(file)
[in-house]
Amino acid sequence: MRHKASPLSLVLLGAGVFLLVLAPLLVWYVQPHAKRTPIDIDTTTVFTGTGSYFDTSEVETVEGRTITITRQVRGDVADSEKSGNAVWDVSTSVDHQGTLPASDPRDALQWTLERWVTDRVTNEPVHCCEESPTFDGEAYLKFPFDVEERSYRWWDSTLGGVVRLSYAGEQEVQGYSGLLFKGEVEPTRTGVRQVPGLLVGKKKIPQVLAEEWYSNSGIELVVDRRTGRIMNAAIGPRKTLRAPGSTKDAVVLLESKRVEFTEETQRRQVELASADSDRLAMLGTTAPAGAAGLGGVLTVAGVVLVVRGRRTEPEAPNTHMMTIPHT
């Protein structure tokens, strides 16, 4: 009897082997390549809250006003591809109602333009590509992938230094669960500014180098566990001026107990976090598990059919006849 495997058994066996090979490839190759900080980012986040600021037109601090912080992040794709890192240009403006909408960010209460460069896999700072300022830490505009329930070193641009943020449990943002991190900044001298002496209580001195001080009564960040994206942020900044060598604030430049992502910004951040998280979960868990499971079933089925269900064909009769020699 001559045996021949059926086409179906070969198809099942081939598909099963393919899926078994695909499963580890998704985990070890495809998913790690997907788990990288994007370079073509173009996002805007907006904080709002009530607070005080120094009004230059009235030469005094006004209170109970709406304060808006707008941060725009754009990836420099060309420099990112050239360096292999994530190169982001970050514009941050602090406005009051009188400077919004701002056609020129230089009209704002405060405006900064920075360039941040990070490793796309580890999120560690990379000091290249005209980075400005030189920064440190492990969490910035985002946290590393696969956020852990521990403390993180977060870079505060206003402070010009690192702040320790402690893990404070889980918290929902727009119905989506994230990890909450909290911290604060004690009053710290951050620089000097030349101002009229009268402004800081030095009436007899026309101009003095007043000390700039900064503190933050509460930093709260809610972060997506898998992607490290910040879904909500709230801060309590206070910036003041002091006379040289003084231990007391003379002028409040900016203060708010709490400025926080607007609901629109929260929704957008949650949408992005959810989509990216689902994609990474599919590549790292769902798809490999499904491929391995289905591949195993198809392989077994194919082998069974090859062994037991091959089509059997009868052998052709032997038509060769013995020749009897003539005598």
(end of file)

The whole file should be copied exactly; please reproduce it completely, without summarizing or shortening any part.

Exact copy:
[in-house]
Amino acid sequence: MRHKASPLSLVLLGAGVFLLVLAPLLVWYVQPHAKRTPIDIDTTTVFTGTGSYFDTSEVETVEGRTITITRQVRGDVADSEKSGNAVWDVSTSVDHQGTLPASDPRDALQWTLERWVTDRVTNEPVHCCEESPTFDGEAYLKFPFDVEERSYRWWDSTLGGVVRLSYAGEQEVQGYSGLLFKGEVEPTRTGVRQVPGLLVGKKKIPQVLAEEWYSNSGIELVVDRRTGRIMNAAIGPRKTLRAPGSTKDAVVLLESKRVEFTEETQRRQVELASADSDRLAMLGTTAPAGAAGLGGVLTVAGVVLVVRGRRTEPEAPNTHMMTIPHT
């Protein structure tokens, strides 16, 4: 009897082997390549809250006003591809109602333009590509992938230094669960500014180098566990001026107990976090598990059919006849 495997058994066996090979490839190759900080980012986040600021037109601090912080992040794709890192240009403006909408960010209460460069896999700072300022830490505009329930070193641009943020449990943002991190900044001298002496209580001195001080009564960040994206942020900044060598604030430049992502910004951040998280979960868990499971079933089925269900064909009769020699 001559045996021949059926086409179906070969198809099942081939598909099963393919899926078994695909499963580890998704985990070890495809998913790690997907788990990288994007370079073509173009996002805007907006904080709002009530607070005080120094009004230059009235030469005094006004209170109970709406304060808006707008941060725009754009990836420099060309420099990112050239360096292999994530190169982001970050514009941050602090406005009051009188400077919004701002056609020129230089009209704002405060405006900064920075360039941040990070490793796309580890999120560690990379000091290249005209980075400005030189920064440190492990969490910035985002946290590393696969956020852990521990403390993180977060870079505060206003402070010009690192702040320790402690893990404070889980918290929902727009119905989506994230990890909450909290911290604060004690009053710290951050620089000097030349101002009229009268402004800081030095009436007899026309101009003095007043000390700039900064503190933050509460930093709260809610972060997506898998992607490290910040879904909500709230801060309590206070910036003041002091006379040289003084231990007391003379002028409040900016203060708010709490400025926080607007609901629109929260929704957008949650949408992005959810989509990216689902994609990474599919590549790292769902798809490999499904491929391995289905591949195993198809392989077994194919082998069974090859062994037991091959089509059997009868052998052709032997038509060769013995020749009897003539005598």